If we add to this the claims made at certain times by different dominus of the monastery of Trinity about the exercise of the entire jurisdiction over that area and the problems that followed around the concession made by different sovereigns to as many lords of the monastery on that exercise (as in the cases of Frederick II and the abbot Balsamo or King Alfonso V and the cardinal Ludovico), it does not seem risky to conclude that alongside what usually should be expected from a central dialectic-suburbs, you end up recording in Cava a complexity perhaps greater than other areas of the realm but that the inhabitants of those lands were able to exploit to their advantage.
For the Cava’s families, the presence of the monastery represented especially in the twelfth, thirteenth and fourteenth centuries a channel of social promotion alternative and complementary to that of public offices and able to guarantee different opportunities, including intertwined, such as the monastic career, acting as vassals of the abbey and holding offices about the abbey.
Emblematic in this regard are the events of the De Baldanza families, strongly linked to the monastery and disappeared from the scene after the middle of the fourteenth century, Longo and Gagliardi, the latter engaged in the service of both the “universitas” and the Trinity, taking a stable and prominent role within the local notary.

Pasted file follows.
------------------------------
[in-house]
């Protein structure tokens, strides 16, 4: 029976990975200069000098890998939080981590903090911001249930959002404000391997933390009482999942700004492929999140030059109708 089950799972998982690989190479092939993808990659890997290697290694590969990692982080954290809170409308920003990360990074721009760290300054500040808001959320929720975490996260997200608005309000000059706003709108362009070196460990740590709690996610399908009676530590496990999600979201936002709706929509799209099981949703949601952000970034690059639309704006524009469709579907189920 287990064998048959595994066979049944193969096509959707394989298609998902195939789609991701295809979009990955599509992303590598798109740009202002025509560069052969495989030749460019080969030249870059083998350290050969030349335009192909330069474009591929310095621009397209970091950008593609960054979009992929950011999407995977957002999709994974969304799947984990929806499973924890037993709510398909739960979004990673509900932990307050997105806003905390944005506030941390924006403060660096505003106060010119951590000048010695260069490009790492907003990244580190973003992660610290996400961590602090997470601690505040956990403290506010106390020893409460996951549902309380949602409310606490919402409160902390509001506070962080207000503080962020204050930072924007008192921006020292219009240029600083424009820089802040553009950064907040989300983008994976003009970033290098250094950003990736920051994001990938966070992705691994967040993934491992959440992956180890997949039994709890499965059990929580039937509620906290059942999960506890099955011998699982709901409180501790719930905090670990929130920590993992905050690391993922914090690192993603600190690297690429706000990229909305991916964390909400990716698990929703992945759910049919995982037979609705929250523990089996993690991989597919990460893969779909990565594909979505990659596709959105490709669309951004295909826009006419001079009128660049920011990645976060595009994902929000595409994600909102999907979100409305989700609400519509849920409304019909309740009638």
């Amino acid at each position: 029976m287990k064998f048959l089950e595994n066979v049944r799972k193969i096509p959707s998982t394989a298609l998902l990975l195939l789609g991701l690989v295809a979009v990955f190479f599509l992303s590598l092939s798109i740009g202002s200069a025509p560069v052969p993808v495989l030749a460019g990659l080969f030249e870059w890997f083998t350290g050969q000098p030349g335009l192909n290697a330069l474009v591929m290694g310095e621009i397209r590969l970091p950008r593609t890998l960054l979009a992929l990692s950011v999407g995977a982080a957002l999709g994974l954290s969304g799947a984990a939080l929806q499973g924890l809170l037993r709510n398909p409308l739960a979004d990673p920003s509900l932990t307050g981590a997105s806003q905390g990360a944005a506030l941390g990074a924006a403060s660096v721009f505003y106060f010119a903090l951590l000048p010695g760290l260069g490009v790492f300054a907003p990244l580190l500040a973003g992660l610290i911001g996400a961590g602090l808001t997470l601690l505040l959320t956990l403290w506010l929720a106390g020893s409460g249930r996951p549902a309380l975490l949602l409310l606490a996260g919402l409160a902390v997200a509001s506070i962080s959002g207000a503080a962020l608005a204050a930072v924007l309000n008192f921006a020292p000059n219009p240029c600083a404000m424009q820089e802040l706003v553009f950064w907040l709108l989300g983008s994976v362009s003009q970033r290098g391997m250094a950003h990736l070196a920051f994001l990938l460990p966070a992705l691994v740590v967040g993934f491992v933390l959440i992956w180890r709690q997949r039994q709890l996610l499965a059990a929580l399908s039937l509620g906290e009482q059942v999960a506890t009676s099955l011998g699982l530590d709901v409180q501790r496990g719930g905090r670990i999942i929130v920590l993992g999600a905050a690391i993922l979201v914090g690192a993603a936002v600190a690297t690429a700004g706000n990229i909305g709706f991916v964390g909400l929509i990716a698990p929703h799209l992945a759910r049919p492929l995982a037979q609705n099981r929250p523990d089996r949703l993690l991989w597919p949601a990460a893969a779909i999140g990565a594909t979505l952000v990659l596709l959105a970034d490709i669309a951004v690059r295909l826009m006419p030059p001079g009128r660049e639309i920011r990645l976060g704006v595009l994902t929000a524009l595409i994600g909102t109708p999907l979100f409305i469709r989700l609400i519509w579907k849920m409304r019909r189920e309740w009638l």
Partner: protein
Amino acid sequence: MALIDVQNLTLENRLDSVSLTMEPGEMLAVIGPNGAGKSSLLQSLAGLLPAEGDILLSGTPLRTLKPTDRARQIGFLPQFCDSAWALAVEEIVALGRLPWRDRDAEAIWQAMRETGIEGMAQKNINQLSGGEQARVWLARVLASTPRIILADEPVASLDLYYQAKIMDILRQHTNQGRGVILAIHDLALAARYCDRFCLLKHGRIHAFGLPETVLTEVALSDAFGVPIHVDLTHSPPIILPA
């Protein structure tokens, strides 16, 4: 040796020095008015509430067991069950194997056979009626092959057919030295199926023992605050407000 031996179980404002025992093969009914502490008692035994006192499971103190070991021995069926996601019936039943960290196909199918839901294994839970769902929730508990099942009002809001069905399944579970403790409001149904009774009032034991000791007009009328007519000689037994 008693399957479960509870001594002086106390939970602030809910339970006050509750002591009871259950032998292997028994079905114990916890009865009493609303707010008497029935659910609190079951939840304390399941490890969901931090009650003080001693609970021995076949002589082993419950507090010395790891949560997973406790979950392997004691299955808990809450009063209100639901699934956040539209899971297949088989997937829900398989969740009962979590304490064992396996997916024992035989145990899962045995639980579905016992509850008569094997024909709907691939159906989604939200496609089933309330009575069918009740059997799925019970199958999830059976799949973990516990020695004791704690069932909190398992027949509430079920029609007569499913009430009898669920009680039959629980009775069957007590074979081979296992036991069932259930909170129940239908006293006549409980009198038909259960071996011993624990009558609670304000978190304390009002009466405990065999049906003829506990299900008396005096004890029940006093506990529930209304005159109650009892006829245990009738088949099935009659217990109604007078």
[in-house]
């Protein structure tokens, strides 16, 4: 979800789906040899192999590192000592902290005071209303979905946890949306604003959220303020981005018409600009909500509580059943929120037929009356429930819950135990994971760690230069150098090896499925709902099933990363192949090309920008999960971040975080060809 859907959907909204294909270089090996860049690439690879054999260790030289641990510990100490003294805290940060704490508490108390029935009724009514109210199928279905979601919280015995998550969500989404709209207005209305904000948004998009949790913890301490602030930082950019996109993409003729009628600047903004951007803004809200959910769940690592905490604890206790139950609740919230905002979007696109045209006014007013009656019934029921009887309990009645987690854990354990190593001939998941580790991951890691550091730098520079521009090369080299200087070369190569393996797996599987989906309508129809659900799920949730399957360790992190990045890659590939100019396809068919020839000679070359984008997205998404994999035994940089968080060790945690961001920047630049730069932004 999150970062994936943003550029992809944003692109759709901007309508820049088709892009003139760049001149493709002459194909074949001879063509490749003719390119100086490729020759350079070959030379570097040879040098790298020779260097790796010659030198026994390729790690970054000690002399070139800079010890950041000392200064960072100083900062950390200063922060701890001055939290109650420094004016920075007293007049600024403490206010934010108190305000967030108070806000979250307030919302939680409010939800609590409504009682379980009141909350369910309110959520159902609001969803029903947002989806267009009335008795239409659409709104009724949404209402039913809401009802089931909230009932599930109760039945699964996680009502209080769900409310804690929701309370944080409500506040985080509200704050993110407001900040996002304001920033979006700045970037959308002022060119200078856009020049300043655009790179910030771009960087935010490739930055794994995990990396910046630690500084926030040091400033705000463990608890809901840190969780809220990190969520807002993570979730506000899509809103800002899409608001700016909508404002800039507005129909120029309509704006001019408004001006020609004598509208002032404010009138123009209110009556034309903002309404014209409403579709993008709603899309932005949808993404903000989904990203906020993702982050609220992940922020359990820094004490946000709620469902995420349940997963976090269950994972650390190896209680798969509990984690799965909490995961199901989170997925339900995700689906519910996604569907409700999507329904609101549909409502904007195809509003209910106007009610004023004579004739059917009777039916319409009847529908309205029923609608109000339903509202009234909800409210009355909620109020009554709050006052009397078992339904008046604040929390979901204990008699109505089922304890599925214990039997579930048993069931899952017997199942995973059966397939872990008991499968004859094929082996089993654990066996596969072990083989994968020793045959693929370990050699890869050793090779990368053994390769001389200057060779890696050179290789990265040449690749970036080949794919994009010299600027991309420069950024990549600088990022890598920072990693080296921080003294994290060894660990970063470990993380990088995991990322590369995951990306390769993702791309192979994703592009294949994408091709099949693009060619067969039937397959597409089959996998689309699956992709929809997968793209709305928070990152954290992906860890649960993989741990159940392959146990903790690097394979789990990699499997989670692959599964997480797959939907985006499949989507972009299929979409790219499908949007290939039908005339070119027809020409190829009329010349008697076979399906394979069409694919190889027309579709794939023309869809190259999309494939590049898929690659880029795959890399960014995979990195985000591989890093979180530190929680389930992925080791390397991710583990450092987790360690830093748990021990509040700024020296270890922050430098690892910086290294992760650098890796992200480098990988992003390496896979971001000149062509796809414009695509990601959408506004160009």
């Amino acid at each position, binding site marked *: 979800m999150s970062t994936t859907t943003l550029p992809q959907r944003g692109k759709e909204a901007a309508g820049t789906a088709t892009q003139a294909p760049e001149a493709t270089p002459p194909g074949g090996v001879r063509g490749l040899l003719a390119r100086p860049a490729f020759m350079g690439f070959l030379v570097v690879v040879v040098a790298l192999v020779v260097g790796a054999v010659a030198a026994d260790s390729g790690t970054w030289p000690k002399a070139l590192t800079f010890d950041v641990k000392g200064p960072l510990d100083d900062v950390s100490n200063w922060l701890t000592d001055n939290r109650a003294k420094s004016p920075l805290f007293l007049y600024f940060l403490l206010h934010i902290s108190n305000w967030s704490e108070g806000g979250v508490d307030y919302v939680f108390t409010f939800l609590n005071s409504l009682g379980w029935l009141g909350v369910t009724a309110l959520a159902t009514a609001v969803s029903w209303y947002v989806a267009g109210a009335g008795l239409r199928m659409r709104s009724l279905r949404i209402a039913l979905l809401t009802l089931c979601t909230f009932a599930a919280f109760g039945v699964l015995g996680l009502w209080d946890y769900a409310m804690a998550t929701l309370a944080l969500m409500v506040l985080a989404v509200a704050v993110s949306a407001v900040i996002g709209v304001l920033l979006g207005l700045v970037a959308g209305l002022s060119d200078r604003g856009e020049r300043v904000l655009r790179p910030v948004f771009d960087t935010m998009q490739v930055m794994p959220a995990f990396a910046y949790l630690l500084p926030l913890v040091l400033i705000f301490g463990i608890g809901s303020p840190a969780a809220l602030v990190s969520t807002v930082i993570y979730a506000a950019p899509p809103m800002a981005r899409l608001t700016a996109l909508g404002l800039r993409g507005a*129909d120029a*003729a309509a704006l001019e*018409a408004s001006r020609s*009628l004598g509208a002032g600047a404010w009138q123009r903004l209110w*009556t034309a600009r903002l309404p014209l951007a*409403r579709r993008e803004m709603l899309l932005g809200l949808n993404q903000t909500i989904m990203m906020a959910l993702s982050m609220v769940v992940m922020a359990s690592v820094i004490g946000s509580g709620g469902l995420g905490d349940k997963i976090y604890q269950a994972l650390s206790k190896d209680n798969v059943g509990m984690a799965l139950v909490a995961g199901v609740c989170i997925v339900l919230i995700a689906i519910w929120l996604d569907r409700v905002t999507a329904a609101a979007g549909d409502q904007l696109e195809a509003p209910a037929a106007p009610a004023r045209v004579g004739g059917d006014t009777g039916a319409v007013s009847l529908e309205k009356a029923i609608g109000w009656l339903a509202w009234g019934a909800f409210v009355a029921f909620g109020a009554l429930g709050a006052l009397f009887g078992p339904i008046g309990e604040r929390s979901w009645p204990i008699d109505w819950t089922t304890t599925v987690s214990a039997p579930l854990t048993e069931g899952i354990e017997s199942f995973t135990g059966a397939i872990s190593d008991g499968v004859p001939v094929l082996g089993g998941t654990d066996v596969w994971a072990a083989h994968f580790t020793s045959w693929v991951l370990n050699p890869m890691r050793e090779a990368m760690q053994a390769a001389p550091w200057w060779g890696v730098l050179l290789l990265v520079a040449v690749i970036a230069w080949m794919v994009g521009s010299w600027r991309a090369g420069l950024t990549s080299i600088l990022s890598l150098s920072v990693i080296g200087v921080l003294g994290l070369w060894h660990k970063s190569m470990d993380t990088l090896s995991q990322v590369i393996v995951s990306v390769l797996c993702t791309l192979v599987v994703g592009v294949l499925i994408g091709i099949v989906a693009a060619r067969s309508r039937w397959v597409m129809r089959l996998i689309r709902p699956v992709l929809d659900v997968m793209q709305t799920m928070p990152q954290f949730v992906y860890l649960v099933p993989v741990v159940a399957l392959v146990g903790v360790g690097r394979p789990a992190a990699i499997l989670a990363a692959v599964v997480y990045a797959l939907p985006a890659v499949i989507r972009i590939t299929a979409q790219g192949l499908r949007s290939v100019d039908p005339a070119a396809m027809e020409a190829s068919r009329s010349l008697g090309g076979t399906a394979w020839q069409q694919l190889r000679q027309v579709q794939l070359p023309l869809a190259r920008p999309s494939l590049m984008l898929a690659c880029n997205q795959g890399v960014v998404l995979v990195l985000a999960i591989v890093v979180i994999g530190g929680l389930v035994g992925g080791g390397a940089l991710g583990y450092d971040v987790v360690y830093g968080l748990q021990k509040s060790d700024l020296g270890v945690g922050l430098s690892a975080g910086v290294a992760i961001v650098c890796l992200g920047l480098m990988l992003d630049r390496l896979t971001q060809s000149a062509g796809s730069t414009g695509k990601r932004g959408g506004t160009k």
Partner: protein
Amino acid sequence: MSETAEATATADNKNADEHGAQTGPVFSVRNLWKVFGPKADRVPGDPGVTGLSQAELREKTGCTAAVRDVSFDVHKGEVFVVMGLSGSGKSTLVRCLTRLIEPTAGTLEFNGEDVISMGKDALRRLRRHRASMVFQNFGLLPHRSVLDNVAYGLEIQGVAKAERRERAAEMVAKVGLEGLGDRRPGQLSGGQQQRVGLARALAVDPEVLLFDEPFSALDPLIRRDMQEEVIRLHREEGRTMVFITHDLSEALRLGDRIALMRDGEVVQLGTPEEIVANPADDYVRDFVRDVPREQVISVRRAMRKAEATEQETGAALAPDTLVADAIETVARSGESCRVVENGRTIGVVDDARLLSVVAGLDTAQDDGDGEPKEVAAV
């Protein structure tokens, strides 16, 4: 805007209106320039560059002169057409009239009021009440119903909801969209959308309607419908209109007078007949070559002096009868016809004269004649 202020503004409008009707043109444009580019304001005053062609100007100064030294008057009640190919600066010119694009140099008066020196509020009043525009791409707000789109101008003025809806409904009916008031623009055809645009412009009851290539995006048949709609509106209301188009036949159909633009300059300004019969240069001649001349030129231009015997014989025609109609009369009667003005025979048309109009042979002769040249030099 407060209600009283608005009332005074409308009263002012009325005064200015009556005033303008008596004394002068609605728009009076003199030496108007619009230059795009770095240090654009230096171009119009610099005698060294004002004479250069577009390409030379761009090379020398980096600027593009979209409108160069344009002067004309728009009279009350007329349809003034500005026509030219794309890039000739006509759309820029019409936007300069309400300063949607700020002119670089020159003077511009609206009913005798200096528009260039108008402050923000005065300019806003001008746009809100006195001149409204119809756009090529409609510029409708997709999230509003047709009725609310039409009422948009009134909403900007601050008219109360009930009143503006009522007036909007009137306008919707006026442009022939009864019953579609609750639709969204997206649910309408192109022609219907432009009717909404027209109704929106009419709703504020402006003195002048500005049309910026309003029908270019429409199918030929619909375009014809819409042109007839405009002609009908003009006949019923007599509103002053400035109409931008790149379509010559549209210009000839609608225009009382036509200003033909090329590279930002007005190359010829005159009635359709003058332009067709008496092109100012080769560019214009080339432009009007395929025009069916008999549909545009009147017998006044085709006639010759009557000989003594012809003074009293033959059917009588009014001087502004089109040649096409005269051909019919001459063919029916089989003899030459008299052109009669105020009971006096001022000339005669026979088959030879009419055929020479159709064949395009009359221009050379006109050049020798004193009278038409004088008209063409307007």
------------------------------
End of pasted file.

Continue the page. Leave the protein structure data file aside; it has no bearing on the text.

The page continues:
Inside the latter have originated in Cava, as elsewhere, groups or factions with the difference that in this reality the competition between families has practically never been translated into armed clashes, as happened instead in the neighbouring centres of Salerno and Nocera.
The organisation of the Cava’s society and the presence of the monastic body may have influenced in this sense, causing that in the city there were no men able to build networks of kinship and/or friendships comparable to those of the De Ajello in Salerno or the Ungaro in Nocera The only armed revolts that occurred were those against the monastery following some decisions taken by the various “dominus abbas”.
All this ends up becoming explicit in the territory by showing which are the real places of administration and ergo which, in a precise historical phase, the centres and which the suburbs, emphasizing, moreover, the highly fluid condition of these two categories.
The dialectical relationship involving interlocutors of different nature (local, supra-local) confirms itself as the engine in the processes of transformation of the structures of the Kingdom, confirming again what Pietro Corrao argued about medieval Europe: a society of processes in the processes and, I would add, also of administrations in the administrations, able to project on the territory and different levels this internal process, using (for this purpose) and realizing (at the same time) artificial constructions such as some institutions, norms, administrations and identities, involving in such creations different actors both individual and congregated, both local and supra-local, without failing to suffer from any historical contingencies.
The case of Cava has provided the opportunity to observe closely all these aspects, thus ending up establishing itself as a laboratory of productive analysis to study and, to a certain extent, verify the dynamic society hypothesized by Corrao.